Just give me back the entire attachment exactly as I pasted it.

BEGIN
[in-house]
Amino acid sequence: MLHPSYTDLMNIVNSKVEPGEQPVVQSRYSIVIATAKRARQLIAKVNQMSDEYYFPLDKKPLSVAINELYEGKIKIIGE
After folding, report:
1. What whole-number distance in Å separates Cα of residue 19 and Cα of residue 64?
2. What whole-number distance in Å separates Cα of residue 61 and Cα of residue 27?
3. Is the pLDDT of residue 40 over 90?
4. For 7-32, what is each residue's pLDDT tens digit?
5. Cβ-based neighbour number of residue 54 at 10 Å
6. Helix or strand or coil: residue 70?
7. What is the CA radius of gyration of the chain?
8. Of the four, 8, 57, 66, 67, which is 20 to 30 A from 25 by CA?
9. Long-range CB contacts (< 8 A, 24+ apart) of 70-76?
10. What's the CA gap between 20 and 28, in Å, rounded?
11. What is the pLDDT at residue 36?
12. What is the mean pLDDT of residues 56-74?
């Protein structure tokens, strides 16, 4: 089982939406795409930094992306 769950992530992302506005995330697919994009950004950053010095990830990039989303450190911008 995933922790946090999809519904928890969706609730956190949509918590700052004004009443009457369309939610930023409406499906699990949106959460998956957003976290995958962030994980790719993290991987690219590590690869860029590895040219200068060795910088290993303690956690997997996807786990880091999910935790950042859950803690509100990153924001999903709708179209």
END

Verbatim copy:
[in-house]
Amino acid sequence: MLHPSYTDLMNIVNSKVEPGEQPVVQSRYSIVIATAKRARQLIAKVNQMSDEYYFPLDKKPLSVAINELYEGKIKIIGE
After folding, report:
1. What whole-number distance in Å separates Cα of residue 19 and Cα of residue 64?
2. What whole-number distance in Å separates Cα of residue 61 and Cα of residue 27?
3. Is the pLDDT of residue 40 over 90?
4. For 7-32, what is each residue's pLDDT tens digit?
5. Cβ-based neighbour number of residue 54 at 10 Å
6. Helix or strand or coil: residue 70?
7. What is the CA radius of gyration of the chain?
8. Of the four, 8, 57, 66, 67, which is 20 to 30 A from 25 by CA?
9. Long-range CB contacts (< 8 A, 24+ apart) of 70-76?
10. What's the CA gap between 20 and 28, in Å, rounded?
11. What is the pLDDT at residue 36?
12. What is the mean pLDDT of residues 56-74?
């Protein structure tokens, strides 16, 4: 089982939406795409930094992306 769950992530992302506005995330697919994009950004950053010095990830990039989303450190911008 995933922790946090999809519904928890969706609730956190949509918590700052004004009443009457369309939610930023409406499906699990949106959460998956957003976290995958962030994980790719993290991987690219590590690869860029590895040219200068060795910088290993303690956690997997996807786990880091999910935790950042859950803690509100990153924001999903709708179209």